In 1971, a man using the alias D.B. Cooper boarded a Boeing 727 at the Seattle-Tacoma Airport and held the crew and passengers hostage with a bomb threat. He forced the pilot to land for fuel, then demanded $200,000 in ransom (which is equivalent to about $1.2 million today). Once the money was transferred onto the plane, Cooper forced the crew to take off once again. He then parachuted out of the plane over the Pacific Northwest woods with the money. He was never seen again.
The case of Cooper’s identity and whether or not he survived the jump has been one of the most prolific mysteries in recent decades. And just this week, we have learned who D.B. Cooper really was.
Tom Colbert, a television and film producer, has been studying the case with a team of 40 private investigators. After successfully suing the FBI for files related to D.B. Cooper, Colbert and his team obtained previously undisclosed information, including a confession letter that was written in code. It was sent to the Portland Oregonian newspaper in 1972, just months after the hijacking, and reads:
“This letter is too (sic) let you know I am not dead but really alive and just back from the Bahamas, so your silly troopers up there can stop looking for me. That is just how dumb this government is. I like your articles about me but you can stop them now. D.B. Cooper is not real. I want out of the system and saw a way through good ole Unk. Now it is Uncle’s turn to weep and pay one of it’s (sic) own some cash for a change. (And please tell the lackey cops D.B. Cooper is not my real name).”
Colbert noticed the letter was typed much like a different Cooper letter and gave this new one to Rick Sherwood, a former member of the Army Security Agency. Sherwood had previously decoded letters in various notes that were reportedly sent by Cooper.
Over the course of two weeks, Sherwood was able to decode the letter, which seems to confirm the identity of the infamous plane hijacker as 74-year-old Robert W. Rackstraw, a living Vietnam War veteran who has been a longtime suspect. In fact, his initials were decoded in several other letters involving Cooper sent to newspapers shortly after the heist.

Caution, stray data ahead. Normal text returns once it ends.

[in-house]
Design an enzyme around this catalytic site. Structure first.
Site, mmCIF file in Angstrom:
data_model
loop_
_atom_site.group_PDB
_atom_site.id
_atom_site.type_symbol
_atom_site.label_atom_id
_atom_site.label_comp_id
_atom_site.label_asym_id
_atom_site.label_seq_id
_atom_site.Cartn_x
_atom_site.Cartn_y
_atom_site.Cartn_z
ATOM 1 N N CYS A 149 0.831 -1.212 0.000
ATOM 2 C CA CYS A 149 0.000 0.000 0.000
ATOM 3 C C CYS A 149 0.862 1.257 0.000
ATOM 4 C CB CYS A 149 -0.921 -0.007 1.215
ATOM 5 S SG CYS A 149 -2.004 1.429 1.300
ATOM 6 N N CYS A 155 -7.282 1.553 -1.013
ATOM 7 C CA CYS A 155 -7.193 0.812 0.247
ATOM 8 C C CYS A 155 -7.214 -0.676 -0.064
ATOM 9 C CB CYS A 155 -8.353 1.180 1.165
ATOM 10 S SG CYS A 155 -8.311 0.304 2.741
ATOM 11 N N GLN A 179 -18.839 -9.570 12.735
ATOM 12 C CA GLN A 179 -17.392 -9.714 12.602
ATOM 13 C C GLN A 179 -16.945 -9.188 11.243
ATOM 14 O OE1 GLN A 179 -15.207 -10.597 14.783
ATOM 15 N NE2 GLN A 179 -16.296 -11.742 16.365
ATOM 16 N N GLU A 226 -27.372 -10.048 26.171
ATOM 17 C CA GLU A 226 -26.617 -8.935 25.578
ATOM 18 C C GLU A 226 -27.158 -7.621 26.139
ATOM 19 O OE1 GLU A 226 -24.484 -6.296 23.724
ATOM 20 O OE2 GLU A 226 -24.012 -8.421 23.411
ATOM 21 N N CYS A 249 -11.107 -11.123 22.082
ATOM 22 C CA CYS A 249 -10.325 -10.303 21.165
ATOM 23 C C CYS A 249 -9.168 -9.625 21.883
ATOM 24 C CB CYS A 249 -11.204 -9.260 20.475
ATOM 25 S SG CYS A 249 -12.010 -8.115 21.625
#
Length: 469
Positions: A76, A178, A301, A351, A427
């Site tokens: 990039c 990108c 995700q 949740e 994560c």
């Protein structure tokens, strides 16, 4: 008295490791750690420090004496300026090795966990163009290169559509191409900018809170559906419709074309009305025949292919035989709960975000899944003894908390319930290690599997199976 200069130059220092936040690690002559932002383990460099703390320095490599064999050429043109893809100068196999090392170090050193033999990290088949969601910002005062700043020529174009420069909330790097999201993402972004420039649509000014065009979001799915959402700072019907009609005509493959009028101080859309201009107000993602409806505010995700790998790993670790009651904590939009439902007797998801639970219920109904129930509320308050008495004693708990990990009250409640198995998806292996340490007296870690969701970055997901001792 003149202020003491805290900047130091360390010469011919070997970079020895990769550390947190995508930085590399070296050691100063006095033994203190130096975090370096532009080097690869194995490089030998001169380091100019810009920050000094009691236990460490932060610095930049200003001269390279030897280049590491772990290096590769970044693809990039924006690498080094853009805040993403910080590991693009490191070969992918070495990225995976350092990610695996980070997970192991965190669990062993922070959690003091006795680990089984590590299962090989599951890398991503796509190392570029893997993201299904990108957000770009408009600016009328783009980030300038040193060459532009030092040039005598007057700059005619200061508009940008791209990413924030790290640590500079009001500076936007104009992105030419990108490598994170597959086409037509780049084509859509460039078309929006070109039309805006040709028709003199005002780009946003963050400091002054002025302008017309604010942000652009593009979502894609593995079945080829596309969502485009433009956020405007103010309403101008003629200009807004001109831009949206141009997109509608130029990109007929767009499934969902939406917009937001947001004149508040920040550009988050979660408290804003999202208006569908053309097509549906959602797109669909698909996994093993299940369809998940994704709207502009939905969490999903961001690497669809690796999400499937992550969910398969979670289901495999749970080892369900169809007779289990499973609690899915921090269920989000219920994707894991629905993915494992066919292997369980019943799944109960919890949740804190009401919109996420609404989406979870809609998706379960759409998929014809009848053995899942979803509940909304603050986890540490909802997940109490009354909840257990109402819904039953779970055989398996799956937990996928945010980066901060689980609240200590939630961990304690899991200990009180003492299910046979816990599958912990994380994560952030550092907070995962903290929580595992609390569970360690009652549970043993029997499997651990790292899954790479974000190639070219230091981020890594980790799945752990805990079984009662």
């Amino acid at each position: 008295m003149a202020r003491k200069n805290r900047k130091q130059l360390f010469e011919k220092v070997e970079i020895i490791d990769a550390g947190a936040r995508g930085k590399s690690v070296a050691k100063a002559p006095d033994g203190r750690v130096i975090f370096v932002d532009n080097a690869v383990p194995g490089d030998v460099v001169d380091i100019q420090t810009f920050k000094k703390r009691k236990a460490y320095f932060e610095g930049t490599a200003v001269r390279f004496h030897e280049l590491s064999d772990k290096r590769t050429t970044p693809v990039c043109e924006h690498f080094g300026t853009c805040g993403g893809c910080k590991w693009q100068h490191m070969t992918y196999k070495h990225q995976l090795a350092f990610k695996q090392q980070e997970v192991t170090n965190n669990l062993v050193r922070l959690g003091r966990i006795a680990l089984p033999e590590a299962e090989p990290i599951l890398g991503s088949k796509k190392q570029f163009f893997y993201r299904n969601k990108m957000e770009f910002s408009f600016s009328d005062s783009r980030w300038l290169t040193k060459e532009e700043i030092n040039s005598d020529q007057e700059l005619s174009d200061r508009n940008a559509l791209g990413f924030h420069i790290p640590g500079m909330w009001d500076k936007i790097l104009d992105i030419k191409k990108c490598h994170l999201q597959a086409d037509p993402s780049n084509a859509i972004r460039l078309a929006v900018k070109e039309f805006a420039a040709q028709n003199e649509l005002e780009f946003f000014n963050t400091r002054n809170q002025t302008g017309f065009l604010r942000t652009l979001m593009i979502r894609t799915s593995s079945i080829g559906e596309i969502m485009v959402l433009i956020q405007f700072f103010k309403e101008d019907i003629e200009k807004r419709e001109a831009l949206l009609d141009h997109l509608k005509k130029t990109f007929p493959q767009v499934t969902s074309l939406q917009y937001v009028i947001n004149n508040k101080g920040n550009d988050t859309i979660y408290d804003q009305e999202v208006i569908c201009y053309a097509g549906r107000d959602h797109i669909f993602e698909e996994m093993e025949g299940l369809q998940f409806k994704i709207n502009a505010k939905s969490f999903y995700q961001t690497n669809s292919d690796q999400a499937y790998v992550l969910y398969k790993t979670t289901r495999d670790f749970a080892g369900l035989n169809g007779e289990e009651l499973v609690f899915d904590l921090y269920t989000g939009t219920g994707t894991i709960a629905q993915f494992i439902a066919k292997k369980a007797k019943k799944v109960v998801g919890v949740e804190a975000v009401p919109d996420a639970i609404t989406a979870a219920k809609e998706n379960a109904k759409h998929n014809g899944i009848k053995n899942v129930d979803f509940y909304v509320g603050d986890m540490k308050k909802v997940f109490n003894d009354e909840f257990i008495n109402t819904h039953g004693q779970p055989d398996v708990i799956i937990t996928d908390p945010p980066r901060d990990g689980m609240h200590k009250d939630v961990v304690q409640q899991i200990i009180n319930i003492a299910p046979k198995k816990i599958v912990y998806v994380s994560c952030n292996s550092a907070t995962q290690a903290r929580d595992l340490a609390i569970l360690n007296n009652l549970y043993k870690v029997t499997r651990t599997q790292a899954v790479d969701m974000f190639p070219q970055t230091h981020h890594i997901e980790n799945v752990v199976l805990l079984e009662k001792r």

Sherwood identified several phrases in the note that were used multiple times, and he used a system of letters and numbers to decode those phrases and reveal “by skyjacking a jet plane” and “I am 1st LT Robert Rackstraw.” This finding was confirmed by another member of the investigation team.
Colbert has been investigating Rackstraw for years and has claimed that several documents written by him contained coded taunts daring the FBI to catch him. Rackstraw was questioned in 1978, but was ultimately released due to lack of evidence.
Rackstraw enjoyed a successful military career as a pilot in the 1st Cavalry Division, where he learned to parachute. He was later kicked out once the army found out he had lied about his schooling. However, Colbert believes that the military provided Rackstraw with all the necessary skills to pull of the heist.
In the summer of 2016, the FBI closed the D.B. Cooper investigation on the belief that whoever Cooper was, he likely died of exposure in the woods after he landed. It was only after the case was closed that Colbert sued the FBI for the files and discovered the coded letter that might have proved his theory to be correct.
Rackstraw is alive and well, living in the San Diego area. He could not be reached for a comment when the news broke this week.
What do you think? Has this mystery finally been solved? Share your thoughts in the comments section below.